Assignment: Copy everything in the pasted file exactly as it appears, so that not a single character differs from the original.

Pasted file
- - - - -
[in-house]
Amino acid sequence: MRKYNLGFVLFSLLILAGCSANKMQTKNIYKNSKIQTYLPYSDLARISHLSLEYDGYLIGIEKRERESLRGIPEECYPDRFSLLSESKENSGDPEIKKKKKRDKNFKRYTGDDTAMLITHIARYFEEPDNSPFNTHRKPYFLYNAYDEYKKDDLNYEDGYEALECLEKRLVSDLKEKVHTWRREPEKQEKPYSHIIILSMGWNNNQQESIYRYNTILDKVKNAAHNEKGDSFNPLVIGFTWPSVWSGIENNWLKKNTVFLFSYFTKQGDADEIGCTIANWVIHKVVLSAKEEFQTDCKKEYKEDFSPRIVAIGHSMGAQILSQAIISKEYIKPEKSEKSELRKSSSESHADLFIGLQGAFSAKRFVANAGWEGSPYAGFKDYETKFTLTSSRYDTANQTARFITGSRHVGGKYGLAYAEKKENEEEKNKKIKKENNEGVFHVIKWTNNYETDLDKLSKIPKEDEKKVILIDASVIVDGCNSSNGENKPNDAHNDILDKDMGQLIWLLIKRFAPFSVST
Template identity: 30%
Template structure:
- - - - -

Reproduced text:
[in-house]
Amino acid sequence: MRKYNLGFVLFSLLILAGCSANKMQTKNIYKNSKIQTYLPYSDLARISHLSLEYDGYLIGIEKRERESLRGIPEECYPDRFSLLSESKENSGDPEIKKKKKRDKNFKRYTGDDTAMLITHIARYFEEPDNSPFNTHRKPYFLYNAYDEYKKDDLNYEDGYEALECLEKRLVSDLKEKVHTWRREPEKQEKPYSHIIILSMGWNNNQQESIYRYNTILDKVKNAAHNEKGDSFNPLVIGFTWPSVWSGIENNWLKKNTVFLFSYFTKQGDADEIGCTIANWVIHKVVLSAKEEFQTDCKKEYKEDFSPRIVAIGHSMGAQILSQAIISKEYIKPEKSEKSELRKSSSESHADLFIGLQGAFSAKRFVANAGWEGSPYAGFKDYETKFTLTSSRYDTANQTARFITGSRHVGGKYGLAYAEKKENEEEKNKKIKKENNEGVFHVIKWTNNYETDLDKLSKIPKEDEKKVILIDASVIVDGCNSSNGENKPNDAHNDILDKDMGQLIWLLIKRFAPFSVST
Template identity: 30%
Template structure: